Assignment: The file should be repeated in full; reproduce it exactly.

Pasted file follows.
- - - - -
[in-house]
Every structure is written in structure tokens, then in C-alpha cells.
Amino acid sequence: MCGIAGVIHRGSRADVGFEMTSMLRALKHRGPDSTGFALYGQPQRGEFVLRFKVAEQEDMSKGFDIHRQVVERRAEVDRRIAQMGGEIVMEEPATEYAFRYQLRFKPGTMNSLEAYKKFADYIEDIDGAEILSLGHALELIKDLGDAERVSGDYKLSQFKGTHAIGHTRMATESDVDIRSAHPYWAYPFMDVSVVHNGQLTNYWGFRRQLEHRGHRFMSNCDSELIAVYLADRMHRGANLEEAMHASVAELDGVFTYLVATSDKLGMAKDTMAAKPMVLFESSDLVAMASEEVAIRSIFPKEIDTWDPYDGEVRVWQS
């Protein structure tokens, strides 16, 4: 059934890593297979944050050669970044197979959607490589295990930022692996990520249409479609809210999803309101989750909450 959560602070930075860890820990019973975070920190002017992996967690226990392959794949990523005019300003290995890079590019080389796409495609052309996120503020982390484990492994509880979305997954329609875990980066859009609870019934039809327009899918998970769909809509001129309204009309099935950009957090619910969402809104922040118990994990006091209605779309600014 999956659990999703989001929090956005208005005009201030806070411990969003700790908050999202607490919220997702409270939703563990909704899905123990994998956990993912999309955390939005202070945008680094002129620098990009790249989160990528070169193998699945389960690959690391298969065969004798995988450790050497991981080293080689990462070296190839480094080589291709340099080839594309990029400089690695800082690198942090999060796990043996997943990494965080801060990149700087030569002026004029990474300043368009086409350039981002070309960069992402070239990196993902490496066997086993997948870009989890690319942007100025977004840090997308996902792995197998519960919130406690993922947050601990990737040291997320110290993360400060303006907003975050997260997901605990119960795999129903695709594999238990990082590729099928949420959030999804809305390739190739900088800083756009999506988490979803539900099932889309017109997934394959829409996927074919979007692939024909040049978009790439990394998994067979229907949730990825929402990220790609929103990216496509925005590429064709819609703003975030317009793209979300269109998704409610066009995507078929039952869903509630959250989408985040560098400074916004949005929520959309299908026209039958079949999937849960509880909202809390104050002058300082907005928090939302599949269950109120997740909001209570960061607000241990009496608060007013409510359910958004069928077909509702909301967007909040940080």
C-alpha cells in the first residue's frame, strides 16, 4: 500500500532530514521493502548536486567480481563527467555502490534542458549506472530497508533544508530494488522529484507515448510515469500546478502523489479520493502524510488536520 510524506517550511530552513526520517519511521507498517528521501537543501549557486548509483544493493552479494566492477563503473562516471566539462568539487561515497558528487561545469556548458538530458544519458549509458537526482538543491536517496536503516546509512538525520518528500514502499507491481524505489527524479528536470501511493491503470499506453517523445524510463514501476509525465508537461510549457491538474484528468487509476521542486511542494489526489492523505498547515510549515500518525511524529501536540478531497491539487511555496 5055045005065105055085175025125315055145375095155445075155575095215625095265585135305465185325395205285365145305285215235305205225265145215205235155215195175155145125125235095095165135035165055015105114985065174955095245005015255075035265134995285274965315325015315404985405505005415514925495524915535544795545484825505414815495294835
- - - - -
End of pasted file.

[in-house]
Every structure is written in structure tokens, then in C-alpha cells.
Amino acid sequence: MCGIAGVIHRGSRADVGFEMTSMLRALKHRGPDSTGFALYGQPQRGEFVLRFKVAEQEDMSKGFDIHRQVVERRAEVDRRIAQMGGEIVMEEPATEYAFRYQLRFKPGTMNSLEAYKKFADYIEDIDGAEILSLGHALELIKDLGDAERVSGDYKLSQFKGTHAIGHTRMATESDVDIRSAHPYWAYPFMDVSVVHNGQLTNYWGFRRQLEHRGHRFMSNCDSELIAVYLADRMHRGANLEEAMHASVAELDGVFTYLVATSDKLGMAKDTMAAKPMVLFESSDLVAMASEEVAIRSIFPKEIDTWDPYDGEVRVWQS
């Protein structure tokens, strides 16, 4: 059934890593297979944050050669970044197979959607490589295990930022692996990520249409479609809210999803309101989750909450 959560602070930075860890820990019973975070920190002017992996967690226990392959794949990523005019300003290995890079590019080389796409495609052309996120503020982390484990492994509880979305997954329609875990980066859009609870019934039809327009899918998970769909809509001129309204009309099935950009957090619910969402809104922040118990994990006091209605779309600014 999956659990999703989001929090956005208005005009201030806070411990969003700790908050999202607490919220997702409270939703563990909704899905123990994998956990993912999309955390939005202070945008680094002129620098990009790249989160990528070169193998699945389960690959690391298969065969004798995988450790050497991981080293080689990462070296190839480094080589291709340099080839594309990029400089690695800082690198942090999060796990043996997943990494965080801060990149700087030569002026004029990474300043368009086409350039981002070309960069992402070239990196993902490496066997086993997948870009989890690319942007100025977004840090997308996902792995197998519960919130406690993922947050601990990737040291997320110290993360400060303006907003975050997260997901605990119960795999129903695709594999238990990082590729099928949420959030999804809305390739190739900088800083756009999506988490979803539900099932889309017109997934394959829409996927074919979007692939024909040049978009790439990394998994067979229907949730990825929402990220790609929103990216496509925005590429064709819609703003975030317009793209979300269109998704409610066009995507078929039952869903509630959250989408985040560098400074916004949005929520959309299908026209039958079949999937849960509880909202809390104050002058300082907005928090939302599949269950109120997740909001209570960061607000241990009496608060007013409510359910958004069928077909509702909301967007909040940080």
C-alpha cells in the first residue's frame, strides 16, 4: 500500500532530514521493502548536486567480481563527467555502490534542458549506472530497508533544508530494488522529484507515448510515469500546478502523489479520493502524510488536520 510524506517550511530552513526520517519511521507498517528521501537543501549557486548509483544493493552479494566492477563503473562516471566539462568539487561515497558528487561545469556548458538530458544519458549509458537526482538543491536517496536503516546509512538525520518528500514502499507491481524505489527524479528536470501511493491503470499506453517523445524510463514501476509525465508537461510549457491538474484528468487509476521542486511542494489526489492523505498547515510549515500518525511524529501536540478531497491539487511555496 5055045005065105055085175025125315055145375095155445075155575095215625095265585135305465185325395205285365145305285215235305205225265145215205235155215195175155145125125235095095165135035165055015105114985065174955095245005015255075035265134995285274965315325015315404985405505005415514925495524915535544795545484825505414815495294835